Beyond Nuclear International

Where’s the beef?

Over-cooked rhetoric or actual progress at Singapore summit?

By Linda Pentz Gunter

There was a lot at stake, said the pundits, when Donald Trump and Kim Jong-Un finally met at their much vaunted Singapore nuclear summit. Or should that have been at “steak”?  After all, Trump touted a pile of steaks as his own brand after a 2016 primary win in Florida, even though Trump Steaks hadn’t sold a cut since 2007 and the brand trademark was canceled in 2014.

So what can we really trust about what was “agreed” to in Singapore?

The headlines roared that the agreement signed between the respective US and North Korean leaders, meant “complete denuclearization” of the Korean peninsula. But what emerged was a single piece of paper replete with glowing rhetoric, one grammatical error and little else. Not as fake as Trump steaks perhaps, but just as bland.

For sure the “optics” — to coin an annoyingly over-used term — served the two dictators well. Each legitimized the other’s authoritarian control over the news cycle and publicity stunts. 

But like the proverbial hamburger, it wasn’t Wendy’s. It was more Peter Pan’s Never Never Land. And that’s about how likely it is that North Korea will “completely denuclearize”, and even more true about the US’s own intentions in that department. After all, it is pretty rich for the US to tell any country to get rid of all its nuclear weapons, when the US itself, in defiance of the nuclear Non-Proliferation Treaty — and now the new UN Ban Treaty — is bristling with close to 6,500 of its own. And planning to make new nuclear weapons.

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Jeffrey Lee saved Koongarra from uranium mining

“My responsibility is on that land and I don’t own the land. The land owns me.”

By Stefan Disko

As the sole surviving member of the Djok clan, Jeffrey Lee is the traditional owner and senior custodian of the 12.5 square kilometer Koongarra Project Area, which was excluded from the World Heritage protection of Kakadu National Park when the Park was established in 1979, because it contains a major uranium deposit.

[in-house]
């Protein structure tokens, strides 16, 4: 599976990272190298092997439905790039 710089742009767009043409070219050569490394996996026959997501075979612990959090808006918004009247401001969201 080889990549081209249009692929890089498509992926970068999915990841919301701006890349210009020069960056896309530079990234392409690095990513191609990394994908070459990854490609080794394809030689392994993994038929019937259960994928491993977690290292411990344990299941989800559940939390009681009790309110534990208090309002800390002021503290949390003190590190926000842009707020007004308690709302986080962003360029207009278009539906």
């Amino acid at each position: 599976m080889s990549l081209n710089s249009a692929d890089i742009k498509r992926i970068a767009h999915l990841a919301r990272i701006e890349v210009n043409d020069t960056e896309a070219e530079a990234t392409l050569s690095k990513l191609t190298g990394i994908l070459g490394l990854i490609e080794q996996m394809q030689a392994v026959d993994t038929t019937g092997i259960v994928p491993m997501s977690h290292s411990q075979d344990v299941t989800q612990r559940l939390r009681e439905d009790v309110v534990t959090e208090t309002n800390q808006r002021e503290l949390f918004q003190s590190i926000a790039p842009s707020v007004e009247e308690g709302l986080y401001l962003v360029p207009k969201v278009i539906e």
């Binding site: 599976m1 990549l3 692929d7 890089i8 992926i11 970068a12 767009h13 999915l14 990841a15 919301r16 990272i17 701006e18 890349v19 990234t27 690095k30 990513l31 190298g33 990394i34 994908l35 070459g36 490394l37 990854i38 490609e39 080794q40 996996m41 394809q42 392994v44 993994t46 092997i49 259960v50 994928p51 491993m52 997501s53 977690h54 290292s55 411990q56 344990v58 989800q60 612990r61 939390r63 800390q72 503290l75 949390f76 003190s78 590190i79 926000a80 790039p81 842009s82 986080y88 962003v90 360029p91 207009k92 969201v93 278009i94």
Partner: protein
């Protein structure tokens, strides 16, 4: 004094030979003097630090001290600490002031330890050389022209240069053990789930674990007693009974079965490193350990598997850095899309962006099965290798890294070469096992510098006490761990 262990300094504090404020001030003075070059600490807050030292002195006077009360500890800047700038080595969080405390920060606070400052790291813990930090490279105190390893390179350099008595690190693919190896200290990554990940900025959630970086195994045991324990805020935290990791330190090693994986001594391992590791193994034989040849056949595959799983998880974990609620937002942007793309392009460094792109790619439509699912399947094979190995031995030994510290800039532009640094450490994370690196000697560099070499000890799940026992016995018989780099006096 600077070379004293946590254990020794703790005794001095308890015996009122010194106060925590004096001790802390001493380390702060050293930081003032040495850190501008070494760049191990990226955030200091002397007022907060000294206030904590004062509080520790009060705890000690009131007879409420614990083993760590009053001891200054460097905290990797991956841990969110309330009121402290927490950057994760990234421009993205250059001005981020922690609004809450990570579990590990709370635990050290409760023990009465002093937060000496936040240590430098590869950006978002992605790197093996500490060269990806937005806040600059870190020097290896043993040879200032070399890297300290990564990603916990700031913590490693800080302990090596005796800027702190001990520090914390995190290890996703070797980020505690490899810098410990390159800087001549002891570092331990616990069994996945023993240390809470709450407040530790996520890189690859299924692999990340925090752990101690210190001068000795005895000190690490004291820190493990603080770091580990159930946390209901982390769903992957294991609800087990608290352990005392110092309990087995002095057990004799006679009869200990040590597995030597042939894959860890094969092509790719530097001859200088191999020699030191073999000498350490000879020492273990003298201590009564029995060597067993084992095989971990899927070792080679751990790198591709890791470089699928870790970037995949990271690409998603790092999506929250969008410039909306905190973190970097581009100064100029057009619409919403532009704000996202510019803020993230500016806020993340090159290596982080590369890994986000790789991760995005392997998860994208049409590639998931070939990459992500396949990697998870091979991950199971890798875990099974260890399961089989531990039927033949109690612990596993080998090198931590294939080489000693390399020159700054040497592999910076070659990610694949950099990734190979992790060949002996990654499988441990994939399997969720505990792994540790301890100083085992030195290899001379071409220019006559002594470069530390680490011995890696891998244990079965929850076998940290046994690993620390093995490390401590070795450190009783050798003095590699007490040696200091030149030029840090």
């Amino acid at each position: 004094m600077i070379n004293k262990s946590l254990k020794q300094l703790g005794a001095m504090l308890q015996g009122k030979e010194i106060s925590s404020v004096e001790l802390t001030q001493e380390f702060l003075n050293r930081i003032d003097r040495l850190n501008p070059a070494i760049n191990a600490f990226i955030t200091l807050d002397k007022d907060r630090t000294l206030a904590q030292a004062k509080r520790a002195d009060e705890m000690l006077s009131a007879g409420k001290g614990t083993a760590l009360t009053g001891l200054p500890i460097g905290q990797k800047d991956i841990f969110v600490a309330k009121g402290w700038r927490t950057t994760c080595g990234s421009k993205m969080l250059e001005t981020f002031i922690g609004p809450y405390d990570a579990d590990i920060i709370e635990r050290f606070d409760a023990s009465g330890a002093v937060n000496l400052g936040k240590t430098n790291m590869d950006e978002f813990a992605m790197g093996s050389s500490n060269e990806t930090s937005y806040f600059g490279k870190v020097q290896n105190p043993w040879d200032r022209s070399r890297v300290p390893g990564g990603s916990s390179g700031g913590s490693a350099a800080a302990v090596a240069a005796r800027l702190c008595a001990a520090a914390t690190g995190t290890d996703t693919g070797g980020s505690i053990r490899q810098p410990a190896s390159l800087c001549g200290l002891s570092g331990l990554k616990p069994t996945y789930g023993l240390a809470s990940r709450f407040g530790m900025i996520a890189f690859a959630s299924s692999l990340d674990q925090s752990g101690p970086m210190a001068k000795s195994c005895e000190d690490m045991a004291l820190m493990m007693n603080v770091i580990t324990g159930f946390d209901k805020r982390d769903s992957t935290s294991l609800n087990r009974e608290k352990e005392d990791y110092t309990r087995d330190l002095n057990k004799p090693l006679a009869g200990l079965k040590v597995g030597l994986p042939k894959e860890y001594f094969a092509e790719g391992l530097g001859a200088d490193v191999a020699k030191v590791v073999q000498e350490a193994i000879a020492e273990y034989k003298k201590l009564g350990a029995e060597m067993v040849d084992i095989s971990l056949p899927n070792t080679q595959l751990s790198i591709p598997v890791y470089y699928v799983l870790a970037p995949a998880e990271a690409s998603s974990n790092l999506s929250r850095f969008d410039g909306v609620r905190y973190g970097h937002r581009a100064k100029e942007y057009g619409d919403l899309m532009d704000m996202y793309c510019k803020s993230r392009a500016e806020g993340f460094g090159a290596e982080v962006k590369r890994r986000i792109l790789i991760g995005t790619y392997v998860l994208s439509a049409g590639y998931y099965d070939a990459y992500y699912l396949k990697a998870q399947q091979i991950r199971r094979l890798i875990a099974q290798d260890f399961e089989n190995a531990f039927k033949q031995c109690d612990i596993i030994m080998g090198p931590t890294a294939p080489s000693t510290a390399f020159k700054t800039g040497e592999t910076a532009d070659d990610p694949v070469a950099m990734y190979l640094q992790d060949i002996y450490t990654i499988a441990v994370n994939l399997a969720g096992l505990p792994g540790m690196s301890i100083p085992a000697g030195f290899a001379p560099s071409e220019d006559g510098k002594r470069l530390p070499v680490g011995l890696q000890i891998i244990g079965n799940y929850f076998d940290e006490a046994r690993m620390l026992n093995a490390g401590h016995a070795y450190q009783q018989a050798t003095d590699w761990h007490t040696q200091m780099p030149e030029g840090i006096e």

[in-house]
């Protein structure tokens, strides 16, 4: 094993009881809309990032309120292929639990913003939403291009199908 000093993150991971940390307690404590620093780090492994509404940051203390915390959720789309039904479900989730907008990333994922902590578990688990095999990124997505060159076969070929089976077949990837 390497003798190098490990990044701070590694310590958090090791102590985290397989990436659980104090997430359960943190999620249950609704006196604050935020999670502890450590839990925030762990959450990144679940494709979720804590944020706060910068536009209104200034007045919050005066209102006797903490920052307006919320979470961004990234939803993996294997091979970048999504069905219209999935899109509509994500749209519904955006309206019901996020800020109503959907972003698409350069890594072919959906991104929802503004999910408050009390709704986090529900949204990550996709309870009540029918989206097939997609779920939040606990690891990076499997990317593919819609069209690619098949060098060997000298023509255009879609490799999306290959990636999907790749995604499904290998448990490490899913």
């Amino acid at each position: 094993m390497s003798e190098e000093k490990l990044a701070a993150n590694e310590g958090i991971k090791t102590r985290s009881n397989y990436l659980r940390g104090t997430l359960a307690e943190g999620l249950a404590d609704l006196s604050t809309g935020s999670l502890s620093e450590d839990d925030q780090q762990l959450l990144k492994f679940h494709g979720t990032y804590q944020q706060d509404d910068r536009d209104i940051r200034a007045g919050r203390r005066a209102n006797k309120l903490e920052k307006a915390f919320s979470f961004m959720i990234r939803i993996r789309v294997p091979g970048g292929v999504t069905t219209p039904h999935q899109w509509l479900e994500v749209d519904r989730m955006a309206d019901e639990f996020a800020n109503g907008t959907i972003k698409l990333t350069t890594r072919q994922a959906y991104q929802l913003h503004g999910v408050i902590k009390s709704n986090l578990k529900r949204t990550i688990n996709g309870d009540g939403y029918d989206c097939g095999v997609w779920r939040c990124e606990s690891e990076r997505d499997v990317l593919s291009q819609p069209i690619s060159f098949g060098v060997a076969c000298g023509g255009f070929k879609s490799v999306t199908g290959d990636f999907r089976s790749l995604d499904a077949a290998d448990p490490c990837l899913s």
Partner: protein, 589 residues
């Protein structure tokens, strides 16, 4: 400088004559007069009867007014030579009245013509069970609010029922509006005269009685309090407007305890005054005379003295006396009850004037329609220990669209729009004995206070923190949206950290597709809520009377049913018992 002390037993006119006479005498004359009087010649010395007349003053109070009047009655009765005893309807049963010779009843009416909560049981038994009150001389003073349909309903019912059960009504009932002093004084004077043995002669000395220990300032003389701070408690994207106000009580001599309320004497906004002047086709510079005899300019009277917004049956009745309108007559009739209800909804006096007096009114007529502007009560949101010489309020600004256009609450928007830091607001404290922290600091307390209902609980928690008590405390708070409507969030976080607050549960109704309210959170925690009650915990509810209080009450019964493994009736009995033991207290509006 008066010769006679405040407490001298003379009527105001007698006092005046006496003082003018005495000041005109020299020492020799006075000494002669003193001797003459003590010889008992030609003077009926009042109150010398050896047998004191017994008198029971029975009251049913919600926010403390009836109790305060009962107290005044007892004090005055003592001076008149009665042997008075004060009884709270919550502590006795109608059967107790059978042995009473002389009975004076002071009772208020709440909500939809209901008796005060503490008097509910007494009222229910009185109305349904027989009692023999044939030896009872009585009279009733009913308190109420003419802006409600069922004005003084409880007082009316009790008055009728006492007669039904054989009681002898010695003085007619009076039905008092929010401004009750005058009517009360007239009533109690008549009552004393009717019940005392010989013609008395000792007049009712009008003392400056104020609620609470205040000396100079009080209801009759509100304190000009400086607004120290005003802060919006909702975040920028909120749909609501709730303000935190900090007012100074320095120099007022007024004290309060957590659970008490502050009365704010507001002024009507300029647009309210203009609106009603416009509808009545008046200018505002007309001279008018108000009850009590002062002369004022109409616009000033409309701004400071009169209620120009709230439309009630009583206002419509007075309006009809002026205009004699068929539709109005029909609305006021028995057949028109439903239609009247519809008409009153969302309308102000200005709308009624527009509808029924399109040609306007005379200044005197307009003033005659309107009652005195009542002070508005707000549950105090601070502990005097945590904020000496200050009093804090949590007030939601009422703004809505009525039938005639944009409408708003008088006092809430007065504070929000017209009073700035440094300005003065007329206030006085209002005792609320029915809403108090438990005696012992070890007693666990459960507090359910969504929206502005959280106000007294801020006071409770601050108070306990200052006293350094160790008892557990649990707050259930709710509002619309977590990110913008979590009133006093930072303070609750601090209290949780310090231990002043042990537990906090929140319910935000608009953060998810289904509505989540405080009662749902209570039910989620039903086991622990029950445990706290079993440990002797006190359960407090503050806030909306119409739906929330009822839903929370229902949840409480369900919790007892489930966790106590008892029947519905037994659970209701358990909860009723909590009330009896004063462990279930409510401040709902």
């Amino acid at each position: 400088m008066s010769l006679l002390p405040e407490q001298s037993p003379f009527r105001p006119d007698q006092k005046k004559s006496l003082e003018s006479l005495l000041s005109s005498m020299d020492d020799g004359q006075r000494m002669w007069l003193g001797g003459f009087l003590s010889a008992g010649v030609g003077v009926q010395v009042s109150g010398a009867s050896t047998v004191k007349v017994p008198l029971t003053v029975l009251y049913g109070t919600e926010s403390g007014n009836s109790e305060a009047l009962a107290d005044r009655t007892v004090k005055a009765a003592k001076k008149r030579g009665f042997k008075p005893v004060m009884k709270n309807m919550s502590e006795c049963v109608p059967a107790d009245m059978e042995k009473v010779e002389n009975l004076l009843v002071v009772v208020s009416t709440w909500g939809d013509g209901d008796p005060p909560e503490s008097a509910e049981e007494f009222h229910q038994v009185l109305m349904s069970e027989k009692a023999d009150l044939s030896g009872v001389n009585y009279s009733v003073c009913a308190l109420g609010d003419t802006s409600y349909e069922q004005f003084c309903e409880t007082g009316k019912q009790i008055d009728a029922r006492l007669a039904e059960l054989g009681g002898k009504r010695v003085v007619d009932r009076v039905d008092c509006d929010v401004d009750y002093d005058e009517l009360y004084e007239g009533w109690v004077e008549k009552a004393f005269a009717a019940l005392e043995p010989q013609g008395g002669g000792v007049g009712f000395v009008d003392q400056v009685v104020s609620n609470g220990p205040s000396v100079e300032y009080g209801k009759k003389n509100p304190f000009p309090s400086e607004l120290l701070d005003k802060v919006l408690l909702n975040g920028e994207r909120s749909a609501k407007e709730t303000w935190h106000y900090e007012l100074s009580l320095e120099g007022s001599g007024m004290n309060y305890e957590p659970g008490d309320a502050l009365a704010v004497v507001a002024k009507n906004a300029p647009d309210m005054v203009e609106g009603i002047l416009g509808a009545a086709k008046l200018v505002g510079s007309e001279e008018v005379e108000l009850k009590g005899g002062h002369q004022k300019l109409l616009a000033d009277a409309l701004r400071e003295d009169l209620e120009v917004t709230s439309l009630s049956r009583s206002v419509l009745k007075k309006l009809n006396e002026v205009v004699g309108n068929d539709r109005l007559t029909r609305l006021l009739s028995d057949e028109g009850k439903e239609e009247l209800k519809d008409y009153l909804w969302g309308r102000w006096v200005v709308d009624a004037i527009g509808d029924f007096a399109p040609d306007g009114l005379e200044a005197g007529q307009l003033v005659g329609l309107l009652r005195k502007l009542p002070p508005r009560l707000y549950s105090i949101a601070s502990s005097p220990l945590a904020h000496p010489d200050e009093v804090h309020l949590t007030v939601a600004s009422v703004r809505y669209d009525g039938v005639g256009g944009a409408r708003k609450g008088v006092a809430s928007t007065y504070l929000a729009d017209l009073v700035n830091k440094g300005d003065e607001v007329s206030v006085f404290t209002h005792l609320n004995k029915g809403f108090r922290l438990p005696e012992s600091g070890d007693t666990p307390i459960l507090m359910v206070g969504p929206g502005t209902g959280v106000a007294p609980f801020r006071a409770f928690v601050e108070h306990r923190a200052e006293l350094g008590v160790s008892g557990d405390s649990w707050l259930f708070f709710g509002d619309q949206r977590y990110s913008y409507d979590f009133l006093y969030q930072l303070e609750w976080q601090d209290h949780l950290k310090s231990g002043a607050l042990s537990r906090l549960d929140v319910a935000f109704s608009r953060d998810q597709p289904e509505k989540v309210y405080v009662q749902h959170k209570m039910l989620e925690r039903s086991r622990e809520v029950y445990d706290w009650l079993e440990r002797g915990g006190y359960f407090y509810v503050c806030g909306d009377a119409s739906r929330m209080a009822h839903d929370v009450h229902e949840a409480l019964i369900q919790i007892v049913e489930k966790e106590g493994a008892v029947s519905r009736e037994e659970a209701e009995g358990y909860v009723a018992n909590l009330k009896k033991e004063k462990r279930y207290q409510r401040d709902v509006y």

Kakadu National Park is an enormous, biodiverse nature reserve in Australia’s Northern Territory. The park has been home to Aboriginal people for more than 50,000 years, and many of the park’s extensive rock art sites date back thousands of years. The Koongarra enclave is situated in the eastern part of Kakadu and is completely surrounded by the World Heritage property.

The French nuclear energy giant Areva, which holds exploration licences for the uranium deposit, had been pressuring Lee for decades to let the company mine the area, knowing that as the only member of his clan, he in effect controlled the fate of Koongarra. Jeffrey would have become one of Australia’s richest people if he had allowed Areva to extract the estimated 14,000 tonnes of uranium from the area.

The short video with Lee below — A win for Kakadu — explains his quest to protect the land.

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India uranium mines radiate disaster

Villagers of Jadugoda say radiation from uranium mines is impairing their children

By Amita Bhaduri (article originally published by India Water Portal)

The body of Guria Das looked like that of a three-year-old when she passed away at the age of 13. Guria was born in 1999 with a condition that constrained her growth. Her father, Chhatua Das recounts how Guria, unable to speak or move, communicated with him and his wife through gestures; a language that only the three of them could comprehend. Born in Jadugoda, in Purbi Singhbhum district in Jharkhand, Guria was one of the many children who succumbed to the health complications from excessive radiation from the uranium mines.

By 2012, Guria’s bone structure was deteriorating and the local doctors gave up hope. Das, an auto driver, grieves that he was unable to afford his daughter’s treatment during her last days. There were conflicting diagnoses by the doctors; some suspected jaundice, others said Guria was suffering from skeletal distortions and stunted growth and some others held a rare genetic condition as responsible. “With each passing day, her backbone became stiffer, while her eyes continued to hold a lot of emotion till the end. We could only give supporting medicines but lost her as I could not arrange even Rs 3000 for her blood transfusion,” says Das.

gudia_das

Guria Das, who died at 13 but was the size of a 3-year old. Uranium-related health hazards are endemic in Jadugoda.

Uranium Corporation of India Limited (UCIL), a public sector unit, has been scraping tons of uranium ore annually out of six mines spread across the hills in Jadugoda. Uranium mined from here is used in making fuel pellets that fire the reactors in nuclear power plants.